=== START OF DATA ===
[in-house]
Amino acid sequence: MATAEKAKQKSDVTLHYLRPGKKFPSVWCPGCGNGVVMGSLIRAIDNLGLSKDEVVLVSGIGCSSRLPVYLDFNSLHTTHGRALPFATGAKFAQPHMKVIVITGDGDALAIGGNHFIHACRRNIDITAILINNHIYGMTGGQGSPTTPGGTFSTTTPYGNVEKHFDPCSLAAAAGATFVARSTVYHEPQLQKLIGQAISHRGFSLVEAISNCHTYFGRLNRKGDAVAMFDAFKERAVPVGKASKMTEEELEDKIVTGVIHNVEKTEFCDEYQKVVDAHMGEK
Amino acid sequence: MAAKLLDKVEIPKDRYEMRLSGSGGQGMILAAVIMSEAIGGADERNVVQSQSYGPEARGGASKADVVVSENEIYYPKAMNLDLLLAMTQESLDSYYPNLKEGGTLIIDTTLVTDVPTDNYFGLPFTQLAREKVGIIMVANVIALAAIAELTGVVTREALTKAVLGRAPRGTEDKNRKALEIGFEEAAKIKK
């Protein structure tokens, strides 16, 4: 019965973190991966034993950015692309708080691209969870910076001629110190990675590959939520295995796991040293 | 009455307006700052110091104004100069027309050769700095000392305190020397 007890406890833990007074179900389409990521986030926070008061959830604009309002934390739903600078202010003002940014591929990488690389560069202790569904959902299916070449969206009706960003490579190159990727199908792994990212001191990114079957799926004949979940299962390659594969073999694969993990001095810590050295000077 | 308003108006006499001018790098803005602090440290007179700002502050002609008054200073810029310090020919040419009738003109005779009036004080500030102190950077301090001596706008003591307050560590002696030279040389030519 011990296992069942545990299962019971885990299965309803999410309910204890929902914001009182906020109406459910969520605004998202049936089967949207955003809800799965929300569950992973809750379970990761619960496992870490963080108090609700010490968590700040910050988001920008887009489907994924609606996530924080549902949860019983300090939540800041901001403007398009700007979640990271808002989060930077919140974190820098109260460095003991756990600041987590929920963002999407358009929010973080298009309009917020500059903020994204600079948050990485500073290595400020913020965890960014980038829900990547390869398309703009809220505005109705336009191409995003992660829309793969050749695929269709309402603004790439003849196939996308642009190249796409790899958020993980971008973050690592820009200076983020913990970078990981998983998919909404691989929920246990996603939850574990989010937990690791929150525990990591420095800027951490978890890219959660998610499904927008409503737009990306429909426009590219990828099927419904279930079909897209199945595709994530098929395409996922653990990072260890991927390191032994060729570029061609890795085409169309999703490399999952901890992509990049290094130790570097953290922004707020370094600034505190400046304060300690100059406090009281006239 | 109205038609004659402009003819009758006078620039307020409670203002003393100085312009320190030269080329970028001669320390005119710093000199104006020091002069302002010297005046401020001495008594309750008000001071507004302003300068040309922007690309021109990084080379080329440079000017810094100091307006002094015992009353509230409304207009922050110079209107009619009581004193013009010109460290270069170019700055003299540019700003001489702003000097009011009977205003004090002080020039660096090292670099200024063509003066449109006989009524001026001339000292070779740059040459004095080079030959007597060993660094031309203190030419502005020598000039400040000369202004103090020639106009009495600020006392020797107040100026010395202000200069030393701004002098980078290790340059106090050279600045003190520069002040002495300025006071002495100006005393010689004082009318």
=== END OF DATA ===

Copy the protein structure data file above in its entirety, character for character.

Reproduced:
[in-house]
Amino acid sequence: MATAEKAKQKSDVTLHYLRPGKKFPSVWCPGCGNGVVMGSLIRAIDNLGLSKDEVVLVSGIGCSSRLPVYLDFNSLHTTHGRALPFATGAKFAQPHMKVIVITGDGDALAIGGNHFIHACRRNIDITAILINNHIYGMTGGQGSPTTPGGTFSTTTPYGNVEKHFDPCSLAAAAGATFVARSTVYHEPQLQKLIGQAISHRGFSLVEAISNCHTYFGRLNRKGDAVAMFDAFKERAVPVGKASKMTEEELEDKIVTGVIHNVEKTEFCDEYQKVVDAHMGEK
Amino acid sequence: MAAKLLDKVEIPKDRYEMRLSGSGGQGMILAAVIMSEAIGGADERNVVQSQSYGPEARGGASKADVVVSENEIYYPKAMNLDLLLAMTQESLDSYYPNLKEGGTLIIDTTLVTDVPTDNYFGLPFTQLAREKVGIIMVANVIALAAIAELTGVVTREALTKAVLGRAPRGTEDKNRKALEIGFEEAAKIKK
């Protein structure tokens, strides 16, 4: 019965973190991966034993950015692309708080691209969870910076001629110190990675590959939520295995796991040293 | 009455307006700052110091104004100069027309050769700095000392305190020397 007890406890833990007074179900389409990521986030926070008061959830604009309002934390739903600078202010003002940014591929990488690389560069202790569904959902299916070449969206009706960003490579190159990727199908792994990212001191990114079957799926004949979940299962390659594969073999694969993990001095810590050295000077 | 308003108006006499001018790098803005602090440290007179700002502050002609008054200073810029310090020919040419009738003109005779009036004080500030102190950077301090001596706008003591307050560590002696030279040389030519 011990296992069942545990299962019971885990299965309803999410309910204890929902914001009182906020109406459910969520605004998202049936089967949207955003809800799965929300569950992973809750379970990761619960496992870490963080108090609700010490968590700040910050988001920008887009489907994924609606996530924080549902949860019983300090939540800041901001403007398009700007979640990271808002989060930077919140974190820098109260460095003991756990600041987590929920963002999407358009929010973080298009309009917020500059903020994204600079948050990485500073290595400020913020965890960014980038829900990547390869398309703009809220505005109705336009191409995003992660829309793969050749695929269709309402603004790439003849196939996308642009190249796409790899958020993980971008973050690592820009200076983020913990970078990981998983998919909404691989929920246990996603939850574990989010937990690791929150525990990591420095800027951490978890890219959660998610499904927008409503737009990306429909426009590219990828099927419904279930079909897209199945595709994530098929395409996922653990990072260890991927390191032994060729570029061609890795085409169309999703490399999952901890992509990049290094130790570097953290922004707020370094600034505190400046304060300690100059406090009281006239 | 109205038609004659402009003819009758006078620039307020409670203002003393100085312009320190030269080329970028001669320390005119710093000199104006020091002069302002010297005046401020001495008594309750008000001071507004302003300068040309922007690309021109990084080379080329440079000017810094100091307006002094015992009353509230409304207009922050110079209107009619009581004193013009010109460290270069170019700055003299540019700003001489702003000097009011009977205003004090002080020039660096090292670099200024063509003066449109006989009524001026001339000292070779740059040459004095080079030959007597060993660094031309203190030419502005020598000039400040000369202004103090020639106009009495600020006392020797107040100026010395202000200069030393701004002098980078290790340059106090050279600045003190520069002040002495300025006071002495100006005393010689004082009318």